A plan that would allow a video gambling company to monitor other companies’ games across Illinois is one vote away from the governor’s desk.
It passed a House panel Wednesday and now heads to the floor.
Every seven years, Illinois contracts with a private company to make sure video gambling machines follow state rules.
Mark Lerner said his company, Bally Technologies, didn’t submit a bid the last time around because Illinois law doesn’t allow gaming manufacturers to fill the role.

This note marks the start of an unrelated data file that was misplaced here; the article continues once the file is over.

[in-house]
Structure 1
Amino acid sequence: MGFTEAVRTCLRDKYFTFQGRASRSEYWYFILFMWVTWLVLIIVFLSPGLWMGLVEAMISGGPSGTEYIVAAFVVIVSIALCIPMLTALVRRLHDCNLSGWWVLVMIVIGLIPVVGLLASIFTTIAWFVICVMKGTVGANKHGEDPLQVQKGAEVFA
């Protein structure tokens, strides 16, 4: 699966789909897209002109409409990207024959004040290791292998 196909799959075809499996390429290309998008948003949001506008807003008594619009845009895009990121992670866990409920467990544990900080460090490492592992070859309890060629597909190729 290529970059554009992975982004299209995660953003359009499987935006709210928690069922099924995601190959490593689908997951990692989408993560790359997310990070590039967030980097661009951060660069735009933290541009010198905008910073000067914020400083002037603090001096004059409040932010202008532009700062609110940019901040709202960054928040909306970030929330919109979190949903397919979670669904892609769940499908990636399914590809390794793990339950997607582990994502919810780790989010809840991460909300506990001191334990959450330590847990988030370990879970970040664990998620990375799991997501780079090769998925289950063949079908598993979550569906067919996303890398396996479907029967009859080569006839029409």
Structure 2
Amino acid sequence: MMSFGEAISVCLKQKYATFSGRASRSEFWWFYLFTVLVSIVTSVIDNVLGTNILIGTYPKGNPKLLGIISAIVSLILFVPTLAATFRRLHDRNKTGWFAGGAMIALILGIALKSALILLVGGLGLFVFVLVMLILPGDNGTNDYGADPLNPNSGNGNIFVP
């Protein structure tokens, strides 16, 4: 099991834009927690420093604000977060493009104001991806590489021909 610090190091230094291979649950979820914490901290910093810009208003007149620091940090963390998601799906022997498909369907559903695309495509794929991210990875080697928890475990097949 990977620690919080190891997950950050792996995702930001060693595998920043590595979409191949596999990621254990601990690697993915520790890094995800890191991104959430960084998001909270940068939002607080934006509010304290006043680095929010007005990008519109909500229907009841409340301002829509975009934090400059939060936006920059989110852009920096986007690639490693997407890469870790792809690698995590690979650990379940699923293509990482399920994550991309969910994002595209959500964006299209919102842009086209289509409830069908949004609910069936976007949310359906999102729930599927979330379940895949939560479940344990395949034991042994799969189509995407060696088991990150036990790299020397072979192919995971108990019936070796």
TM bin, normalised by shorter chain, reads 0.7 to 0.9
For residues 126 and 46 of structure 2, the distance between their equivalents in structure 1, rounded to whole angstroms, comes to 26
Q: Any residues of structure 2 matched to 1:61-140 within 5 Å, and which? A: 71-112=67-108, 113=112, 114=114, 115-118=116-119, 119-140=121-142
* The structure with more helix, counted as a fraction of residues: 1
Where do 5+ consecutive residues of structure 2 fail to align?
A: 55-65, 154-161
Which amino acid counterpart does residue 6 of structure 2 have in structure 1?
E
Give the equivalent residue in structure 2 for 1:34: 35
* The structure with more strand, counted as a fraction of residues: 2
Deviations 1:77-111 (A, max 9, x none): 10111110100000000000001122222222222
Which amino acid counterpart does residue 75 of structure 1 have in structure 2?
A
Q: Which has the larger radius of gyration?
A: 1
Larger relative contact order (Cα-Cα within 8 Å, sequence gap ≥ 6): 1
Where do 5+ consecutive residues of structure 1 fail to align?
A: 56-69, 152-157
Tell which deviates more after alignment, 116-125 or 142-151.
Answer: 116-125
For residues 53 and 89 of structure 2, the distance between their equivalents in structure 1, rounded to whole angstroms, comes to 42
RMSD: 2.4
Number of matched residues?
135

Lerner said that would give a company “unfair advantages,” like knowing what the competition is up to, and…
LERNER: “The fact that your product, the product that you make, has to work on their system.”
But the winning bid was placed by a manufacturing company, Scientific Games.
Steve Angelo is the vice-president of one of Scientific’s subsidiaries.
He said there plenty of reasons to avoid a conflict of interest.
ANGELO: “If we fail to meet any rules or regulations or break any laws, we’ll lose our license. And if we lose our license in one jurisdiction, we will lose licenses across the globe.”
The measure’s sponsor says Scientific Gaming submitted its bid before the current “conflict of interest” law was put into place.
He says Illinois could lose more than a thousand jobs if the company is not allowed to keep manufacturing.